This requires new thinking. In the past, efficacy has been measured according to the efficacy of the molecule. With so-called digiceuticals—social media, apps, connected medical devices and new telemedicine services—“efficacy is influenced by the patient’s behavior and their environment [which includes social media and their social connections/networks],” Chu explained.
The team of clinicians marshaled by the institute to work on the reviews includes “white-hat” hackers—those who apply their skills to developing creative solutions using technology—and clinician researchers working at Harvard Medical School–affiliated teaching hospitals, such as Massachusetts General Hospital, Brigham and Women’s Hospital and Massachusetts Eye and Ear. Reviews will also reflect the voice of engaged patients and a consortium of big self-insured employers, payers and hospital systems working to develop population health data—the evidence to show whether a digital tool’s benefits scale beyond an individual patient, he said.
Creating reviews, Chu added during his keynote, will be “very important for adoption because when you look at [the majority of digital health] apps … these have no reviews and very few downloads, and … it’s because they didn’t use patient-centered design process.”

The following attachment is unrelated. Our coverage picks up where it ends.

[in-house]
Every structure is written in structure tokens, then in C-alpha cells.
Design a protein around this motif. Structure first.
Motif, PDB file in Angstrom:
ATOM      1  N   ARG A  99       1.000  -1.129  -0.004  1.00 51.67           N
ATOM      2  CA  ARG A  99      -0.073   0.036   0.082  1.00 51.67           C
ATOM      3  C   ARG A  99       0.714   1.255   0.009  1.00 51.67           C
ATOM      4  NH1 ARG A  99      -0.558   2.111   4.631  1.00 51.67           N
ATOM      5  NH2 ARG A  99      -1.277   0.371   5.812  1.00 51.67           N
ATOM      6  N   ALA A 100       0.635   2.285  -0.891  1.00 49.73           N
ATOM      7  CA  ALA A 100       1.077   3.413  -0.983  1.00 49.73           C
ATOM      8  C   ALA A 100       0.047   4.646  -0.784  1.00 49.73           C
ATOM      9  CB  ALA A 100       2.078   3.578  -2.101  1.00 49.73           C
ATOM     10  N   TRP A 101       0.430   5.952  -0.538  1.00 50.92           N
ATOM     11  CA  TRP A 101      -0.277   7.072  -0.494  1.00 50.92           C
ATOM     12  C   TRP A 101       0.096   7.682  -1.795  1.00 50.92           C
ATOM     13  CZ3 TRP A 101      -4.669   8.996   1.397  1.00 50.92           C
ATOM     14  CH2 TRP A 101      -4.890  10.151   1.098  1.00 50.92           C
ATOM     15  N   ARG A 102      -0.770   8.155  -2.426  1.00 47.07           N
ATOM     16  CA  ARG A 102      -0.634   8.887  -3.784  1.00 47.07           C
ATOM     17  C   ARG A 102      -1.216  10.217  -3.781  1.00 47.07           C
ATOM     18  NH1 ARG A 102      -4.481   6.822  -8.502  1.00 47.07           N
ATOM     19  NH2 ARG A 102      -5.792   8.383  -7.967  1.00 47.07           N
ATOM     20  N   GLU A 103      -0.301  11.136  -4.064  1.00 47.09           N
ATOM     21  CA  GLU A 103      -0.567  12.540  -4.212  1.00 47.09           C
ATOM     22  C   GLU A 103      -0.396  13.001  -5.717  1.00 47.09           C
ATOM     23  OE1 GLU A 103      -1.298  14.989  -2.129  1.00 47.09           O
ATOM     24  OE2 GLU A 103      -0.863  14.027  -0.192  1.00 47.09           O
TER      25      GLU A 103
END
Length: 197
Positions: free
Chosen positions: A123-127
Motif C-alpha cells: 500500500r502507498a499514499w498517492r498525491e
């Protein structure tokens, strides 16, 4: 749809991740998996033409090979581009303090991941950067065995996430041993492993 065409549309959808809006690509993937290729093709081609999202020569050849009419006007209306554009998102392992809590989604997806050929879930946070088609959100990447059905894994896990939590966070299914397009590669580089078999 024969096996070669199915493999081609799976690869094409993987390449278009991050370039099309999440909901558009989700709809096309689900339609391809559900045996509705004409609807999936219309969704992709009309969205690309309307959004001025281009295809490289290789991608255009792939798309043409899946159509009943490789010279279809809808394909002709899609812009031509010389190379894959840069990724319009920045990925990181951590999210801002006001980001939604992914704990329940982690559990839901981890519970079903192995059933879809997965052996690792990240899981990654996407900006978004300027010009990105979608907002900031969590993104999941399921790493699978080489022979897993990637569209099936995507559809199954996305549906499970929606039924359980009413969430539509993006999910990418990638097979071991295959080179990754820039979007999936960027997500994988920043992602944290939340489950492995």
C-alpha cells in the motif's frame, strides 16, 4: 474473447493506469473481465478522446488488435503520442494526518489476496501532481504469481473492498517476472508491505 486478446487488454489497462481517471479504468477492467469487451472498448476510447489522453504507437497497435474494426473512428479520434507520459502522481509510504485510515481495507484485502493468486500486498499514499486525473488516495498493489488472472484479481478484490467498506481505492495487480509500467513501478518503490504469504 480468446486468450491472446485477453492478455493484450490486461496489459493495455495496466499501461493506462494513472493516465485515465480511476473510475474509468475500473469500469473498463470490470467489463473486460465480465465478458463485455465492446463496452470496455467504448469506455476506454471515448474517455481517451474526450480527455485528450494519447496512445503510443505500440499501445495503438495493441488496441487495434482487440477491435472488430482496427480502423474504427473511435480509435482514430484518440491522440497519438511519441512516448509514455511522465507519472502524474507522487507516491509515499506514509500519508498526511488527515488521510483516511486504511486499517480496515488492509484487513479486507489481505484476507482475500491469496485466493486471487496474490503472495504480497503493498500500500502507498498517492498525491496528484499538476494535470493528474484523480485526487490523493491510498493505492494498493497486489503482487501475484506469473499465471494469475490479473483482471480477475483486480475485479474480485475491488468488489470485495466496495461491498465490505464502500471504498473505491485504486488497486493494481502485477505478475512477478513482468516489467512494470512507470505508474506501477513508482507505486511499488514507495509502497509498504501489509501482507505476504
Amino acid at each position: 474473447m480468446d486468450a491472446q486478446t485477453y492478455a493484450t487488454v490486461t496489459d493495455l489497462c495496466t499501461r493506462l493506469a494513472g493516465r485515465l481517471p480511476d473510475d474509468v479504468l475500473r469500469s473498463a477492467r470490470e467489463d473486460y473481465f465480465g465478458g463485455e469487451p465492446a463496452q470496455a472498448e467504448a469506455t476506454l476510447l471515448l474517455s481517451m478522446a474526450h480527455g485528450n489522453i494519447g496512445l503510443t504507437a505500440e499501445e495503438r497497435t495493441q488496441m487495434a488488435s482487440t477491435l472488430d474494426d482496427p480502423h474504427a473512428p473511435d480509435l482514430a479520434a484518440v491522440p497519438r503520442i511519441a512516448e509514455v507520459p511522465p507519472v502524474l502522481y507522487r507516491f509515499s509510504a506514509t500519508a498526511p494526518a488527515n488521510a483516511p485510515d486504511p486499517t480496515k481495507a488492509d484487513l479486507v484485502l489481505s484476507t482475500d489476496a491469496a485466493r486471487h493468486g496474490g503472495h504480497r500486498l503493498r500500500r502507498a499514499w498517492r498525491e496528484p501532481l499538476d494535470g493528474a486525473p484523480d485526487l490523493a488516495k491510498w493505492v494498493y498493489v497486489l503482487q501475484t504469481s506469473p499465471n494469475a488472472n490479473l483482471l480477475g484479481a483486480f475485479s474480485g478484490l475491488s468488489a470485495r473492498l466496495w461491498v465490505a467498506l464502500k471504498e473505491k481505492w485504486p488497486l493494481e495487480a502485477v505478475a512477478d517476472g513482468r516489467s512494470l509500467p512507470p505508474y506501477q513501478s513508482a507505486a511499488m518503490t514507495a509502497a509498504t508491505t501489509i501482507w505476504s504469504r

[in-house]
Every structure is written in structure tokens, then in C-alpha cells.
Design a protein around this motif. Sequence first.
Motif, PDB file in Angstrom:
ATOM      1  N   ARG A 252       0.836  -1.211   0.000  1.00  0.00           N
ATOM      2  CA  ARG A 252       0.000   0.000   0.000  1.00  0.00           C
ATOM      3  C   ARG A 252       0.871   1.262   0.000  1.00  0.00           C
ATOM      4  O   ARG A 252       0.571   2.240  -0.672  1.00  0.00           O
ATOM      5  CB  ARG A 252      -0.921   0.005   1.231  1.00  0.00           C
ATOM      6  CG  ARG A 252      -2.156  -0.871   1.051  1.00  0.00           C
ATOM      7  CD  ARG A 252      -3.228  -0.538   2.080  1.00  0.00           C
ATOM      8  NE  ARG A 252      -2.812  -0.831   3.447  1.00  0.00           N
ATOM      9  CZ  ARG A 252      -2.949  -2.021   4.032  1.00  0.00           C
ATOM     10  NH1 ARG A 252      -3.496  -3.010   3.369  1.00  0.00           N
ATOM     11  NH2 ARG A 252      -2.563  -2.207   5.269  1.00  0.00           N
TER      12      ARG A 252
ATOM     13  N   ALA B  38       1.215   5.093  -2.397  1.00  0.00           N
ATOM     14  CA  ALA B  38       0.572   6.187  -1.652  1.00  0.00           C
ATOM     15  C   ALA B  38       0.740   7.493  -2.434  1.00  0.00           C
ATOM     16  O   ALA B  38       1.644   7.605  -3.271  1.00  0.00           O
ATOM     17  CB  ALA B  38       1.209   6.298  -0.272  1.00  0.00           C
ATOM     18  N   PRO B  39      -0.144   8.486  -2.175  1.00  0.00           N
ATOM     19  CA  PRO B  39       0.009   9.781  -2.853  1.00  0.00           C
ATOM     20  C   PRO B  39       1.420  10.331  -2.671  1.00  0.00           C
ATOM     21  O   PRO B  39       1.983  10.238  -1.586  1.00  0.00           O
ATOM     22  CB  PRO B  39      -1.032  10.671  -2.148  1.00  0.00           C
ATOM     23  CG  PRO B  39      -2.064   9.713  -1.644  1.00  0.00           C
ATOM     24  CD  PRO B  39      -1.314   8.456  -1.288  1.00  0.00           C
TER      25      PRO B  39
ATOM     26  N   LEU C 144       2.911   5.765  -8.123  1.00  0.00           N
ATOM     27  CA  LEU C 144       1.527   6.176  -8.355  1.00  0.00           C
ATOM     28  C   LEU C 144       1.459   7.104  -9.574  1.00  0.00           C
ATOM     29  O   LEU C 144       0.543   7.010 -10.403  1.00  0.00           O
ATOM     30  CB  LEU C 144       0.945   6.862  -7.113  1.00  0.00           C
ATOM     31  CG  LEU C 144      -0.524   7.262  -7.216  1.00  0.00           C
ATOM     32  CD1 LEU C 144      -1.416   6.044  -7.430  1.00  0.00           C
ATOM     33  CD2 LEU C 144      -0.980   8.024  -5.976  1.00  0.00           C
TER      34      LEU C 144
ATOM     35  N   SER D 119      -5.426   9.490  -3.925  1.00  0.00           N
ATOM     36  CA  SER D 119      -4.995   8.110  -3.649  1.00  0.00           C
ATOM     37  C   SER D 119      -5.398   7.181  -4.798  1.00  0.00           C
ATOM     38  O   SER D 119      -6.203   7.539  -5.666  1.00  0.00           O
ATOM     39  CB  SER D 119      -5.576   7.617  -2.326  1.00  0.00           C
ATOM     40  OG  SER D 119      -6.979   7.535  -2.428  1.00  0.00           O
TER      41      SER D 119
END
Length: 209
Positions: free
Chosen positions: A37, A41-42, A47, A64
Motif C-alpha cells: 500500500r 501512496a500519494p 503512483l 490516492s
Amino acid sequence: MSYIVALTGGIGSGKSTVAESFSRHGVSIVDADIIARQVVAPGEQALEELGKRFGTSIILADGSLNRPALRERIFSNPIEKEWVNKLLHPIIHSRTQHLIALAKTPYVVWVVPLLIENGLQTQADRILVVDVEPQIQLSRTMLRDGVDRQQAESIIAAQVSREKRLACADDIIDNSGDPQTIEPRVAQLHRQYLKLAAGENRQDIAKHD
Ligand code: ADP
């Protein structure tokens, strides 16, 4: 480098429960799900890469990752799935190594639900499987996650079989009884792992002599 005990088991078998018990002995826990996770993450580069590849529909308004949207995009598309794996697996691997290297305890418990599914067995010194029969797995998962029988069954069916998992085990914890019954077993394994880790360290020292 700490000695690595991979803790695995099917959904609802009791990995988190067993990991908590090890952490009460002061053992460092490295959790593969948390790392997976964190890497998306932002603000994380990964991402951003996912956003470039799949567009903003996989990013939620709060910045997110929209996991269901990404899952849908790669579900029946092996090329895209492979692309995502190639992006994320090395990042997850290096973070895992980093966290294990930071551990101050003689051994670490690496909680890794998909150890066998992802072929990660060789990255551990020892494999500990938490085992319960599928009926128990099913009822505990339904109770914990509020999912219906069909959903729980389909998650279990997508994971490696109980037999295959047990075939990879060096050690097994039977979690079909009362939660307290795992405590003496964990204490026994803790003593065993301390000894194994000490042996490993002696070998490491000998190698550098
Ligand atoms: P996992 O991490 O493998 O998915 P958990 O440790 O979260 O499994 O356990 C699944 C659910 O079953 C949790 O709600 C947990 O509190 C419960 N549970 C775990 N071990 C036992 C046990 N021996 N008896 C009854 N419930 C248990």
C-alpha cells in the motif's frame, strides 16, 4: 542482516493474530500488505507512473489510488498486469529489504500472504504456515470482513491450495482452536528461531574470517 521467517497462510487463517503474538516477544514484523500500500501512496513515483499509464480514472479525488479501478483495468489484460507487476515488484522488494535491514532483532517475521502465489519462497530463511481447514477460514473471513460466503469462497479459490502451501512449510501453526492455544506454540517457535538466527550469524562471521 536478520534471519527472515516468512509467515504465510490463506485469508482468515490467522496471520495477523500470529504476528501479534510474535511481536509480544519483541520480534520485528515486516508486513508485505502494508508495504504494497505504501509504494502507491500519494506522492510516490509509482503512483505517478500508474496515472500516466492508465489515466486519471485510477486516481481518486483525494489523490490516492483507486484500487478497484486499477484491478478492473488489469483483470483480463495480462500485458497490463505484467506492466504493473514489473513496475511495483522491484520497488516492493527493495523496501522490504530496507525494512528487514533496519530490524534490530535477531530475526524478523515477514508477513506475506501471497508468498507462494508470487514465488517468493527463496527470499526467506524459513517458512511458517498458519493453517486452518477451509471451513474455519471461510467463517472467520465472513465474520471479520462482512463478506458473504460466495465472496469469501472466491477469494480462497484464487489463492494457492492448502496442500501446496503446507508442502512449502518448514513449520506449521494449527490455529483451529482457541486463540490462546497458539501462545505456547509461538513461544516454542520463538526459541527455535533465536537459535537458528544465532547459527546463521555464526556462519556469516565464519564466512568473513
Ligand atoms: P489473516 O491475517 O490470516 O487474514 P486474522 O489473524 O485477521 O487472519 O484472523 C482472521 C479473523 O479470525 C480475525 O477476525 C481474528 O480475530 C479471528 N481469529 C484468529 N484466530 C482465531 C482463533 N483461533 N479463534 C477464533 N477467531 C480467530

“Patient-facing is really where the traction is,” said Chu, “and that’s because you don’t have to rely on clinician or hospital adoption, which is ingrained behavior—they’re so slow—and that’s why the best entrepreneurs and investigators in Silicon Valley—tech investors, not traditional healthcare investors—believe, along with me, that the digiceuticals world now feels like the Internet was in 1995. Because for the first time you can have a small start-up get funded—pre-capital—efficiently and compete head-to-head against the giants in healthcare.”
He gave examples of this, naming start-ups like PillPack—the mail-order pharmacy offering robot-filled custom-packaging of drugs—and Figure 1, the crowd-sourced diagnostics tool nicknamed “Instagram for Doctors.” (Chu was an early investor in both firms through his own fund, Accelmed.)
These start-ups have gone their own way, at least at first. Once they show they can scale, that would be an appropriate time to partner with traditional entities like pharma, hospitals, health systems or pharmacy chains, he said.
At the same time, it remains an open question in digital circles as to whether the majority of consumer use of health apps will come from clinicians prescribing them—which is what some firms are trying to facilitate, like IMS Health with its AppScript platform—or more organically through consumer media channels.
As to the timing of the institute’s first curated list, planned to arrive just prior to the Christmas and New Year’s season, “Holiday gatherings often cause families to discuss health issues and look for solutions,” Chu explained. “The best consumer technology can help patients take control of their health, including a lot of these new apps and connected consumer devices.”